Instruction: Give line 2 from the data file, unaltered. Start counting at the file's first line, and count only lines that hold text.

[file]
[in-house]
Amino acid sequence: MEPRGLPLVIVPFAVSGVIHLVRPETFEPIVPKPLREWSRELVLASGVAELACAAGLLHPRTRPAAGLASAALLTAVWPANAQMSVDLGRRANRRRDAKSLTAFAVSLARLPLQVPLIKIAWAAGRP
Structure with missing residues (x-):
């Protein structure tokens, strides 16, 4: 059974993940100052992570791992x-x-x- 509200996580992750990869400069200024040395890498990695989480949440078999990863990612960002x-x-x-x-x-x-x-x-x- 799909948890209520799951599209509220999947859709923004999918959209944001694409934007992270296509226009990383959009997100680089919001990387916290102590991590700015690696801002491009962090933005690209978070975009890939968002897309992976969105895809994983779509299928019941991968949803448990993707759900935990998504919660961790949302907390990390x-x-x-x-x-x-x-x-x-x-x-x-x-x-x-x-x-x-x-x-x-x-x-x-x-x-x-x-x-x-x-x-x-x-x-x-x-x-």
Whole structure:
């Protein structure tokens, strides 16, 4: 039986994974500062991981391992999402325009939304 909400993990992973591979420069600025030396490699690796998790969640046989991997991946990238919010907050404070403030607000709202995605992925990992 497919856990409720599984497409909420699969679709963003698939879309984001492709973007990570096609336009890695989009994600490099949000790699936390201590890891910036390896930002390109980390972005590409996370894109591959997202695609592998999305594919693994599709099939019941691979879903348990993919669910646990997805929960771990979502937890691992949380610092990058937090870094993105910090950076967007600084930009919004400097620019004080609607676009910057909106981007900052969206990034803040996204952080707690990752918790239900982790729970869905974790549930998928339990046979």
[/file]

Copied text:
Amino acid sequence: MEPRGLPLVIVPFAVSGVIHLVRPETFEPIVPKPLREWSRELVLASGVAELACAAGLLHPRTRPAAGLASAALLTAVWPANAQMSVDLGRRANRRRDAKSLTAFAVSLARLPLQVPLIKIAWAAGRP